In a hearing room filled with priests' collars and nuns' habits, a Maryland Senate committee recently heard an impassioned disagreement among clergymen, doctors and laymen over whether the state should legislate the right to die.

Neither the priests, the doctors nor the laymen could agree about the propriety of a bill sponsored by Sen. Julian L. Lapides (D-Baltimore), which would write into the law the right of patients certified terminally ill by two doctors to demand the winholding of "extraordinary" life-support measures.

Instead, advocates and opponents of the bill came to the Senate Judiciary Committee room armed with shocking stories and moral arguments designed to prove that the bill is either a much-needed protection against mindless medical technology or a dangerous and cludelicate ethical ground.

The theme for many supporters of the bill was set by Claire E. Loder, a medical social worker from Baltimore County who has specialized in care for the terminally ill.

"In my seven years as a medical social worker, I saw and heard patients fight for death against the insurmountable circumstances of our sophisticated medical weaponry," she said. I saw families literally destroyed by their extended grieving in anticipation of a death delayed by that same arsenal of medical material.

"I saw patients begging their physicians and nurses to end the charade of mechanical sustenance, and caretakers who were terrified of the legal consequences of so doing . . ."

Opponents of the bill were led by the Rev. Neil J. O'Donnell, a representative of the archdiocese of Baltimore, Washington and Wilmington. O'Donnell said the Catholic Church has always recognized the right to die with dignity, but fears that legislation in the area could create a dangerous precedent for euthanasia.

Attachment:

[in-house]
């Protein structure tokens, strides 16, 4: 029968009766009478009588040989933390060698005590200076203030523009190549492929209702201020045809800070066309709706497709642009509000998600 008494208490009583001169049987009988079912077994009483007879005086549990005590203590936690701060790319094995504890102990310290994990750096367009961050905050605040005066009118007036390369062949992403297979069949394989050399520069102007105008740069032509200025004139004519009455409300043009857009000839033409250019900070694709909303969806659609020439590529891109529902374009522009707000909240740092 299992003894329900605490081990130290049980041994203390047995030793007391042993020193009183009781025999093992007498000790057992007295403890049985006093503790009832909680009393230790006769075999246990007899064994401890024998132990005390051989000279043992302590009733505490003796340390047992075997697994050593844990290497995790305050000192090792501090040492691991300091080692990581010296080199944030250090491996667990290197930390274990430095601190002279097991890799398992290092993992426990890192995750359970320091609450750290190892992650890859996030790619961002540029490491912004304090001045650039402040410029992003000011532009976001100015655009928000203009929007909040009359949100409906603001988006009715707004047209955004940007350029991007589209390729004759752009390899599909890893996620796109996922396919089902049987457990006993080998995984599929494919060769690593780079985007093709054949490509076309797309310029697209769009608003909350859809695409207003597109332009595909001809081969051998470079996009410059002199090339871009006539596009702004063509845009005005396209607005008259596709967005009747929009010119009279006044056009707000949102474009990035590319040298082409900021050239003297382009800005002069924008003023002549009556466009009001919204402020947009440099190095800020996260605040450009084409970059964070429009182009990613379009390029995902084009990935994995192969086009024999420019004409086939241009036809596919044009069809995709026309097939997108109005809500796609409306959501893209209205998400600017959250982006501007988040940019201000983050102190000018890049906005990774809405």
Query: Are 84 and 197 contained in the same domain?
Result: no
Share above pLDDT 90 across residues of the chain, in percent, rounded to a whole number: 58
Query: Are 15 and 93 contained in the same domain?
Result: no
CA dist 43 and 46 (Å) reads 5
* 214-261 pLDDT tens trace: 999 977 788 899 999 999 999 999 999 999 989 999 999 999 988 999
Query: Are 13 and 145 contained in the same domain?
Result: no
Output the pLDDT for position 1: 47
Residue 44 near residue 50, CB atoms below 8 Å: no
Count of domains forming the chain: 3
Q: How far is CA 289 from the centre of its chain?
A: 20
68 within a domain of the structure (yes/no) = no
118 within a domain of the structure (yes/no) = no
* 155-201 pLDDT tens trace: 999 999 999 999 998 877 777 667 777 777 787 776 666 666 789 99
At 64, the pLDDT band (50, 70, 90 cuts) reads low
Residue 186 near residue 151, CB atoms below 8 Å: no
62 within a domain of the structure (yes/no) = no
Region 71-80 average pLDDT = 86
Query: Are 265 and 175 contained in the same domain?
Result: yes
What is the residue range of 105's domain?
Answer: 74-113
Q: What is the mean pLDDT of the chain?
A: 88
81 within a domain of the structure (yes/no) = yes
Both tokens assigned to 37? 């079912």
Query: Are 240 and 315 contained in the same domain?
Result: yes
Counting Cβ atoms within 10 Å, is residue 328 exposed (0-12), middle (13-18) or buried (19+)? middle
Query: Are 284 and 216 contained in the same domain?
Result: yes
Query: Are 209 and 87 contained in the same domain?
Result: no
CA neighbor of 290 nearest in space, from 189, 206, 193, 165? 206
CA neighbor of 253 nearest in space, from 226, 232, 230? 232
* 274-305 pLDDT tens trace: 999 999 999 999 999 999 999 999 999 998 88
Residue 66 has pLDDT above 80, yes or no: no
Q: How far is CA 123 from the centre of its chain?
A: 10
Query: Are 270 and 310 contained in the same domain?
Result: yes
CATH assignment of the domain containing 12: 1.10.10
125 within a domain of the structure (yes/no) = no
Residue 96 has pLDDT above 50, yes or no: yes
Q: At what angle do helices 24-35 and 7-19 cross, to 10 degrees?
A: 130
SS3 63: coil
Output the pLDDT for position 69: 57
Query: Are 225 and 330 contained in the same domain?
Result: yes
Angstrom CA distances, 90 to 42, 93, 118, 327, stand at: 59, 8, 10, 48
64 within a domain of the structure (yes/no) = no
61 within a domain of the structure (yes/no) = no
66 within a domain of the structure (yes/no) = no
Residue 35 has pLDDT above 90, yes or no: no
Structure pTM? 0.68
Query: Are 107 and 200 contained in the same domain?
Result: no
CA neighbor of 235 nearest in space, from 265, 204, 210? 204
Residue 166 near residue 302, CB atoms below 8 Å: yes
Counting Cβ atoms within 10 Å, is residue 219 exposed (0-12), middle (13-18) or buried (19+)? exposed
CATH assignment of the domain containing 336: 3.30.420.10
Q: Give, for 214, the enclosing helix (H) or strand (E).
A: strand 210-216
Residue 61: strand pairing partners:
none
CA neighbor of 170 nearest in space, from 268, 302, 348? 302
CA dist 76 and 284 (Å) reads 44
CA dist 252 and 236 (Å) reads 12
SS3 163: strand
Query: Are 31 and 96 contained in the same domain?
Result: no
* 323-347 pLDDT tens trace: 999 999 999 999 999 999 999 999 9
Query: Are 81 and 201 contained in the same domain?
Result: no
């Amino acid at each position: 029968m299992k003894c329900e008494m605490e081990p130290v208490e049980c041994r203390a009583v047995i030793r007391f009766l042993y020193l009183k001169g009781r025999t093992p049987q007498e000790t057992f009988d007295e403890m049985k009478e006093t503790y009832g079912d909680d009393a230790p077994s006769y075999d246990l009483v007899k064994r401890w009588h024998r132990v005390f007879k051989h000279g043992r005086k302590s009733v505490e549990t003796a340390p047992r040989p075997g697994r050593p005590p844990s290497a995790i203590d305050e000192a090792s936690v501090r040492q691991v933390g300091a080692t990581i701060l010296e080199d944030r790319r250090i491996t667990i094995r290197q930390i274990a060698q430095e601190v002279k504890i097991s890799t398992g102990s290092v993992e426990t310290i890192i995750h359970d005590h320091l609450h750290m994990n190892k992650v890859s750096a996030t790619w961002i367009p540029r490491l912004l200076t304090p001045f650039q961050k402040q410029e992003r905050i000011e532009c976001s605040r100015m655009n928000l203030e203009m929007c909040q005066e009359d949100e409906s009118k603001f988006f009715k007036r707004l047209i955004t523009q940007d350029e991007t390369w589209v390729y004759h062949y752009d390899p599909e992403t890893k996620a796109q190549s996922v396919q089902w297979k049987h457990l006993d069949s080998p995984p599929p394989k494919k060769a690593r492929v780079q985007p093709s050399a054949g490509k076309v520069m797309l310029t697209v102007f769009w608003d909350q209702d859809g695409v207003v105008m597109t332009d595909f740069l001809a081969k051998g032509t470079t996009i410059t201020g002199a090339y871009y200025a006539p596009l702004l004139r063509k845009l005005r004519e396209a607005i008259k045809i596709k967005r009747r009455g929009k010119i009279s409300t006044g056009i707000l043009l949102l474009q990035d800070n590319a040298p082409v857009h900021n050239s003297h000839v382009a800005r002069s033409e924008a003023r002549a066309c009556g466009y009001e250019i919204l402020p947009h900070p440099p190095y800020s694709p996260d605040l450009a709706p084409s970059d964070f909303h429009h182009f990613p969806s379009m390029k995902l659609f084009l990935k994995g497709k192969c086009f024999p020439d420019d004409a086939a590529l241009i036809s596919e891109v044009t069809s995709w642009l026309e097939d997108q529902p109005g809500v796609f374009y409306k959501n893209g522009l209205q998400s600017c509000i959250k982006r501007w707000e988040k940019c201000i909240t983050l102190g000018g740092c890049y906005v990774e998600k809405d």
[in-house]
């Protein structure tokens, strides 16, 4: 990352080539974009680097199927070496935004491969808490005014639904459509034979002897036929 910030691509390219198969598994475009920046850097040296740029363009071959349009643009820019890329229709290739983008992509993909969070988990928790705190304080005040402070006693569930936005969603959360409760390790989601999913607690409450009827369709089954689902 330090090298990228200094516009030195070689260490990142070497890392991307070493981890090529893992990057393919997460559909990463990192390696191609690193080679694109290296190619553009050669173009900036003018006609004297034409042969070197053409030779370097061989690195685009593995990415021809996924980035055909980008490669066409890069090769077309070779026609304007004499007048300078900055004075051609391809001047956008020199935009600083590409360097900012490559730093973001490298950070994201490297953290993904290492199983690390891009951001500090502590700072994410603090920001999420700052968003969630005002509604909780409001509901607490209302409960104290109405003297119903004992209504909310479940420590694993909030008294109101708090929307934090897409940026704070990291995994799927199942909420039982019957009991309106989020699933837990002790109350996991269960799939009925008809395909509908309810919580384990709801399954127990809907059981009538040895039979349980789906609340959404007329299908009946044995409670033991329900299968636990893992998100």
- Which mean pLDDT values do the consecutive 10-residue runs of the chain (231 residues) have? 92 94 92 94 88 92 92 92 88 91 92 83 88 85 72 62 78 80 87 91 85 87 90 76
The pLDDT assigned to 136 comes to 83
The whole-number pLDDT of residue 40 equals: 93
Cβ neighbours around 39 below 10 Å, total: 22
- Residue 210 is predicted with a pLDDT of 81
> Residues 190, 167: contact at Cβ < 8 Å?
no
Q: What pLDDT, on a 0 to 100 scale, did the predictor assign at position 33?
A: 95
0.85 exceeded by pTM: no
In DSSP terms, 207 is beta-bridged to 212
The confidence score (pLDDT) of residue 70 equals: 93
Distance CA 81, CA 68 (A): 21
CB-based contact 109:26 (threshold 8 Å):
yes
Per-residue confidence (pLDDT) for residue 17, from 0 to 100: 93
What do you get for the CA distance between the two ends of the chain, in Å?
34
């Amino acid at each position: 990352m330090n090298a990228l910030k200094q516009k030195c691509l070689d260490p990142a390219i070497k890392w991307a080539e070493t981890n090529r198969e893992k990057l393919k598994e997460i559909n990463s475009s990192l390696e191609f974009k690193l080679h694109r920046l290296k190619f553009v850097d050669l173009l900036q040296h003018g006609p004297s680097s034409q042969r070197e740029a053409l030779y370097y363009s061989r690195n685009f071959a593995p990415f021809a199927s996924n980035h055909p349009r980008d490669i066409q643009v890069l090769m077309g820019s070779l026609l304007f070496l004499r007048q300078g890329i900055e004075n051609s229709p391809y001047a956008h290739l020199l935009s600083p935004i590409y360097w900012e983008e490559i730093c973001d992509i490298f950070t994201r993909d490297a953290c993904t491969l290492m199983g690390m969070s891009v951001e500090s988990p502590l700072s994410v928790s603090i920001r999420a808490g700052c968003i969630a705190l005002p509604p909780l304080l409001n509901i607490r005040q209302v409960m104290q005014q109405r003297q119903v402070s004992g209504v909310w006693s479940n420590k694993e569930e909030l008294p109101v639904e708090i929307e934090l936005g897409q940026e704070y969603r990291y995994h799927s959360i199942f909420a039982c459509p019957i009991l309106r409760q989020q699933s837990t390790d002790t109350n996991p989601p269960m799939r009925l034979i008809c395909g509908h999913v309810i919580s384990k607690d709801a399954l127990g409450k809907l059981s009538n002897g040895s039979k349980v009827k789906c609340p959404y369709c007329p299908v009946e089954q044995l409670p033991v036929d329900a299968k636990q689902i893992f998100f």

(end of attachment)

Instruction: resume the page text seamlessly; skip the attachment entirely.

"This is but the initial thrust for positive euthanasia - the direct killing of the terminally ill and the elimination of other socially nonproductive members of society," he said.

O'Donnell said patients already have the right to refuse treatment and questioned "the involvement of legislation in very serious ethical concerns."

O'Donnell had no answer for a question asked by one committee member, Sen. John J. Bishop (R-Baltimore County). "Ethical considerations could work the other way, couldn't they?" queried against his will can be as unethical as ending his life before he wants it."

Loder, the nurse, has the most macabre story. "I saw one woman whose nose, ears, fingers and toes decomposed," she said. "She had been dead for six weeks," but kept on a respirator and a heart pacer, she said.

Margaret Wheltle, a representative of St. Mary's Home for the Aging in Catonsville, said both of her parents died within the last four years and both had been kept alive by "extraordinary" medical procedures.

"Even though they knew they had nothing but pain ahead of them, they wanted to live," she said. "The value to them, the value to the family, was tremendous."

A Elston Cuddeback of Columbia spoke for a group of people whose interest in the bill is more direct than most. "There is a great concern among the elderly about dying," said the secretary of Maryland's branch of the American Association of Retired Persons. There is a deep dread of being incapacitated and not being allowed to die when developments reach that point."

Before the hearing, the bill was not given much of a chance of getting through the largely conservative General Assembly. Committee members, though, appeared to give the bill a warmer reception than anticipated.